On the 6th December 2017 President Donald Trump breaking with the traditional neutrality announced that the United States considers Jerusalem to be the capital of Israel although both the Israelis and Palestinians claim Jerusalem as their political capital and as a religious site.
Since its foundation 5.000 years ago, the historical city has undergone a tumultuous past. Actually King David of the Jews that ruled the city for about 500 years before it was conquered by the Babylonians made Jerusalem as his capital around 1000 BC. The Romans occupied the city in 65 BC. In 66 AD the Jews revolted against the harsh Roman rule. The city was rebuilt in the 300s AD by Emperor Constantine, the first Christian Roman emperor, after it was destroyed by another Roman emperor Titus. In 637 AD the Muslim Arabs conquered the city. Subsequently, Christian Crusaders, the Turks and finally the British occupied Jerusalem in the hundred of years before 1948 when independent Israel was established with Jerusalem as the seat of government and proclaimed capital.
In 1980 Israel passed the “Jerusalem Law”, stating that Jerusalem, complete and united, is the capital of Israel although the United Nations Security Council passed a resolution in 1980, declaring the law null and void. However, the state’s sovereignty over Jerusalem is not recognised internationally. Not to be confused as the country’s capital Tel Aviv, where most of the foreign embassies are located, becomes the economic , financial and technology hub of Israel.
One of the oldest, one of the holiest and also one of the most disputed cities in existence, Jerusalem is also known as “The City of Peace”. The Hebrew name of the city is “Yerushalayim” which comes from two words – “Ir” and “Shalem”. Ir means city and shalem comes from “Shalom”, meaning peace.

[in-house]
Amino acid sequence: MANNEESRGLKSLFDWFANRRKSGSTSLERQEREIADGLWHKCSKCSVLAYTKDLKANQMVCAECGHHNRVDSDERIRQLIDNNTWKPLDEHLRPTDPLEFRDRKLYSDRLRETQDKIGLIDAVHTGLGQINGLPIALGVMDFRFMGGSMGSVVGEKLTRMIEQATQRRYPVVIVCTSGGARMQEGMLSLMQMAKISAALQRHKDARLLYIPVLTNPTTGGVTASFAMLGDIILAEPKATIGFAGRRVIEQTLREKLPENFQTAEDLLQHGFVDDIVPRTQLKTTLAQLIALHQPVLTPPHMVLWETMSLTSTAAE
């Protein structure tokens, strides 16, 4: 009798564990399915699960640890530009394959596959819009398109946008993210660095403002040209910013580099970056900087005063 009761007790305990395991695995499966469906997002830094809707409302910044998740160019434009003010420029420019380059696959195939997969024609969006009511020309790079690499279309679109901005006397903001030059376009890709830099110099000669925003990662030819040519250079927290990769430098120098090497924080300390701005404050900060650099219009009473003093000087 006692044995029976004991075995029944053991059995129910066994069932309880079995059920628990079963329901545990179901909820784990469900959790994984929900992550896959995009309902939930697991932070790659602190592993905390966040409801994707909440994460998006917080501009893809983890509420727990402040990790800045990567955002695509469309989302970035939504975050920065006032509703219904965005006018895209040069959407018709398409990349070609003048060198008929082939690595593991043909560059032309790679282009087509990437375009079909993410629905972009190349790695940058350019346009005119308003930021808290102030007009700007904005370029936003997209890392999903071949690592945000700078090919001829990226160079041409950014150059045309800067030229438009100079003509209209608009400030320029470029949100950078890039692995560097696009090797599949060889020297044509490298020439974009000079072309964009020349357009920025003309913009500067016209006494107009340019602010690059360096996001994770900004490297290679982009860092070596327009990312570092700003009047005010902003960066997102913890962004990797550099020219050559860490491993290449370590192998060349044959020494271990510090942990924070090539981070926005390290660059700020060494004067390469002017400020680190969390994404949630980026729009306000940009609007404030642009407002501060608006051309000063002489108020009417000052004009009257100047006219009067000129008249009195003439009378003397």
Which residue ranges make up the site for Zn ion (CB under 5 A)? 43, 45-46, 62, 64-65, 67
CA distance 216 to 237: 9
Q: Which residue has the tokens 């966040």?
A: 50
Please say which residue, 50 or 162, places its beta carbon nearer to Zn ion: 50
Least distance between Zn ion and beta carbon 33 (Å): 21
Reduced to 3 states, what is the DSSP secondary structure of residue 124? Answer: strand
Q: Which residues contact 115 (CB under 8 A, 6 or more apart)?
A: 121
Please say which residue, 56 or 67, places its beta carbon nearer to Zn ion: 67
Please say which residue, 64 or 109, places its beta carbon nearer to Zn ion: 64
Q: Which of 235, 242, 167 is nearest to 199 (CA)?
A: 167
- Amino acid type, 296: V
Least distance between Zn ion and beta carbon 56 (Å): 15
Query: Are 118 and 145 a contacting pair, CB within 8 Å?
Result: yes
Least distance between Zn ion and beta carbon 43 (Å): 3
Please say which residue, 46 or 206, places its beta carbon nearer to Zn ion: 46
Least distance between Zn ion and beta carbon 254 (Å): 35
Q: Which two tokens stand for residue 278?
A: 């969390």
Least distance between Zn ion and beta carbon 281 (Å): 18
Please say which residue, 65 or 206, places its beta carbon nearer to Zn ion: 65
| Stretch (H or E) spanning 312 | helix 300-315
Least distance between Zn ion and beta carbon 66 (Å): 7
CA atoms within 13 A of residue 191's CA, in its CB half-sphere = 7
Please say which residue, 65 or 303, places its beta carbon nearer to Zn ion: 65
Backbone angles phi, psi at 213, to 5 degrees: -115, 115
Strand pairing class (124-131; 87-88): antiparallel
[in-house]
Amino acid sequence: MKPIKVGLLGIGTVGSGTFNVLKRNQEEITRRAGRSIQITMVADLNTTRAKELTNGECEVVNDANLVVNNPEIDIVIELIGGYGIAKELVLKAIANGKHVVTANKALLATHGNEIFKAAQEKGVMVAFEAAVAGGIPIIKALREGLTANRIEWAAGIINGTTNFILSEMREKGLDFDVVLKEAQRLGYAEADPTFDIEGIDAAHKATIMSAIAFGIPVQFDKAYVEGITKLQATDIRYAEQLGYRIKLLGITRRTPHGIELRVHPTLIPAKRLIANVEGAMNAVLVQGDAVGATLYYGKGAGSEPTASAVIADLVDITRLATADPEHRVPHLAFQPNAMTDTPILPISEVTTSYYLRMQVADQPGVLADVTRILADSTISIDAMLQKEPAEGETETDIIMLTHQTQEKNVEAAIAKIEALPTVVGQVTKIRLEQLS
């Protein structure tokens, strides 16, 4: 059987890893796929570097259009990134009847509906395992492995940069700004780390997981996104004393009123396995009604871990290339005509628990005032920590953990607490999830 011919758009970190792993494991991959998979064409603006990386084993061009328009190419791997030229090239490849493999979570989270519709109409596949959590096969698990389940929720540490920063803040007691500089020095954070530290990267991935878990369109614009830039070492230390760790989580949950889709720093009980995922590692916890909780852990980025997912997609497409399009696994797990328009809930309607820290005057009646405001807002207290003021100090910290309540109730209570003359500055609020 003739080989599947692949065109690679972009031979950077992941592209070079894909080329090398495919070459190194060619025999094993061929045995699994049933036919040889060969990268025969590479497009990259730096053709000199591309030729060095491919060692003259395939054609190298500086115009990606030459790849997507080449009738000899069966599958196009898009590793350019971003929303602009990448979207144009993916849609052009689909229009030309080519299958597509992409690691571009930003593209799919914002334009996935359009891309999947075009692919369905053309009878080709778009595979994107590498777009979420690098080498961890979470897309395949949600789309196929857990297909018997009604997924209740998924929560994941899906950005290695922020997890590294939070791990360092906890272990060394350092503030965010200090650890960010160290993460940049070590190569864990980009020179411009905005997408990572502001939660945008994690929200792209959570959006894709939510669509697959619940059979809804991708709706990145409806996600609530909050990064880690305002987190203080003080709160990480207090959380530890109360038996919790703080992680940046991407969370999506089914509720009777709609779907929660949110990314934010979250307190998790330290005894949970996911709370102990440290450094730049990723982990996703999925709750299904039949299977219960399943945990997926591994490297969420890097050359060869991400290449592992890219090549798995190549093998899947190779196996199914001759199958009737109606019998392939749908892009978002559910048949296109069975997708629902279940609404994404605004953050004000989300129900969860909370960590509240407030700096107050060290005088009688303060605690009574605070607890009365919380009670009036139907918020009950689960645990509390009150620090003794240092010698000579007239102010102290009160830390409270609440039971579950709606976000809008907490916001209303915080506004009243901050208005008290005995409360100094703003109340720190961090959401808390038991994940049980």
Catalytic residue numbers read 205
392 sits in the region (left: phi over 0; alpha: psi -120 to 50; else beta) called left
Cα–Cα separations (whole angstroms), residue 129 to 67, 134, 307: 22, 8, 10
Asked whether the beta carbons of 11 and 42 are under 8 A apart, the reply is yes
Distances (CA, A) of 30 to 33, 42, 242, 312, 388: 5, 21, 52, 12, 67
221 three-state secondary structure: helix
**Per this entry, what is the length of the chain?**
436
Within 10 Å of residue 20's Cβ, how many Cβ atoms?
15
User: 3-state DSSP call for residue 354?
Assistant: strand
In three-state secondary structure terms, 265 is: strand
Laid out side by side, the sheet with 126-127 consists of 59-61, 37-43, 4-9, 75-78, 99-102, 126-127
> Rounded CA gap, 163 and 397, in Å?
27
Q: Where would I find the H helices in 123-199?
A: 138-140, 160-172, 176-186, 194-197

Located on a plateau in the Judean Mountains between the Mediterranean and the Dead Sea with more than 800,000 people, Jerusalem today is a “fascinating mixture of old and new, East and West”.
The historical area of the city now called the “Old City” of 0.9 sq. kms. surrounded by monumental defensive stone walls built in the years 1535 – 1542 by Turkish Sultan Suleiman the Magnificent has been traditionally divided into four neighbourhood quarters which are named according to the ethnic affiliation of most of the people living in them as the Jewish, Muslim, Christian, and Armenian quarters. The Old City is designated as a UNESCO World Heritage Site.
My wife Carmelita and myself together with the rest of our Holy Land pilgrimage group under the spiritual guidance of Msgr. Jan Majernik from Yugoslavia visited the Old City be entering the Damascus Gate, the busiest and one of the 11 gates (only 7 are open), leading us straight into the heart of the Old City bustling market called “souk”, a great place to bargain for clothings, sweets and spices, fruits, and souvenirs. Walking though the narrow cobblestone streets and alleys of the Old City we’re mesmerized in history!